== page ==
I rather like the articitic effect of this image of a Small Copper - pity that it has a damaged wing!

Small Copper - Rutland Water
Cormorants - Rutland Water

Finally - please can anyone help with the identification of the rather sinister-looking bug, found on the walk back from one of my owl sites? To my mind it looks like some sort of wasp.

unidentified bug - near my LO Site No.06

Wednesday 24 August 2011

Migrant Hawker - another 'garden tick' - on 22nd August, 2011

Sitting in the garden, enjoying a refreshing mug of Earl Grey, I was suddenly brought up with a start by the arrival of a dragonfly which obligingly settled on a Viburnum bush in the garden. It first struck me that this was very small and a little drab as far as Hawkers go. I was hesitant in my identification at first as the markings on the second segment seem a little different to most photos of Migrant Hawkers that I've seen (blue band broader, and pale off-white band closer to the blue band), also, I didn't get a chance to look at the side of the thorax. However, I'm now convinced (please let me know if I'm wrong), so I'm calling it another garden 'lifer'.

Migrant Hawker - our garden
This is my second garden dragonfly 'lifetime tick' in less than six weeks. I had intended to shut down my koi pond permanently as soon as I can find alternative homes for the fish, but I'm beginning to question this decision!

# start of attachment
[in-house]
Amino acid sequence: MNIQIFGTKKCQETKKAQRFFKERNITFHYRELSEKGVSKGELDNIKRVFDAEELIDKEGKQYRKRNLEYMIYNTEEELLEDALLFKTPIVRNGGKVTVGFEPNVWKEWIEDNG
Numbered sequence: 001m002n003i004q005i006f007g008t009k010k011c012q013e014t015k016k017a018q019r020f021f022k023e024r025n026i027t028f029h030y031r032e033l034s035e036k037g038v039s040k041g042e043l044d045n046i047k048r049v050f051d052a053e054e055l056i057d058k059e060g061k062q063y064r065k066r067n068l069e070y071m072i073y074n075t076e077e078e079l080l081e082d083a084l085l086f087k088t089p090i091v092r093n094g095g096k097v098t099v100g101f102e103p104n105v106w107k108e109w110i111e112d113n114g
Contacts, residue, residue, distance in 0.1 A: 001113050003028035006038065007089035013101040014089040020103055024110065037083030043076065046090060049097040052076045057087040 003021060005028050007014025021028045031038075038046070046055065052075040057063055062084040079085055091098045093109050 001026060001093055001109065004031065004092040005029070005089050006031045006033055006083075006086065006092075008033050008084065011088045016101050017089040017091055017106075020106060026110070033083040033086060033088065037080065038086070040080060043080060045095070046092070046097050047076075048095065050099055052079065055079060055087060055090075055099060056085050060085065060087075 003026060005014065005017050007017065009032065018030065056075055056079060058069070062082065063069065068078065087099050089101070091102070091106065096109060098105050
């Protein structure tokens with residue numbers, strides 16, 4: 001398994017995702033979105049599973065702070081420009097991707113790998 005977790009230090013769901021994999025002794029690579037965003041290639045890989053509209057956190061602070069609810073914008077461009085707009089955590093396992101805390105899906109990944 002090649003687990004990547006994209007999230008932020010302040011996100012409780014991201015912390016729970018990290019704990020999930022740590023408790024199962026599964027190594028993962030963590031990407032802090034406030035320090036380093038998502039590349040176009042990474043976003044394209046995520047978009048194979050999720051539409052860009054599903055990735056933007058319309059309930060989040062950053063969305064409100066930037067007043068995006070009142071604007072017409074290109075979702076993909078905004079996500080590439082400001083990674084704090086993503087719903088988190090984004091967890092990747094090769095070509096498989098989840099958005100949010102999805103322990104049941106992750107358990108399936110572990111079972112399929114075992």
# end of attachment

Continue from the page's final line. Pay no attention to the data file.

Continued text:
Monday 22 August 2011

The Partridge Family - on 18th August, 2011

No, not that Partridge Family! On Thursday I was set up in my hide at one of my Little Owl sites (waiting for the shot that never happened - but that's another story!), when a noise from stage-left drew my attention to a Red-legged Partridge, who was shepherding her young family of six chicks. They were in the next paddock to me, but then they came into my paddock under the gate. When only about 10 metres away from me the adult bird started to roll in the dust and her youngsters started to follow suite.

After just a few seconds, the adult bird got a bit carried away with her dust bath, and dirt was flying everywhere. The youngsters rapidly retired to a safe distance.

By the time she'd finished, she'd got a good coating of soil, as you can see below.

She then gathered up her youngsters and disappeared off to my right. About half an hour later I heard a familiar sound behind me and suddenly a chick ran past my hide, closely followed by another chick and an adult. I suspect that this might have been another set of birds, as I only saw the two chicks.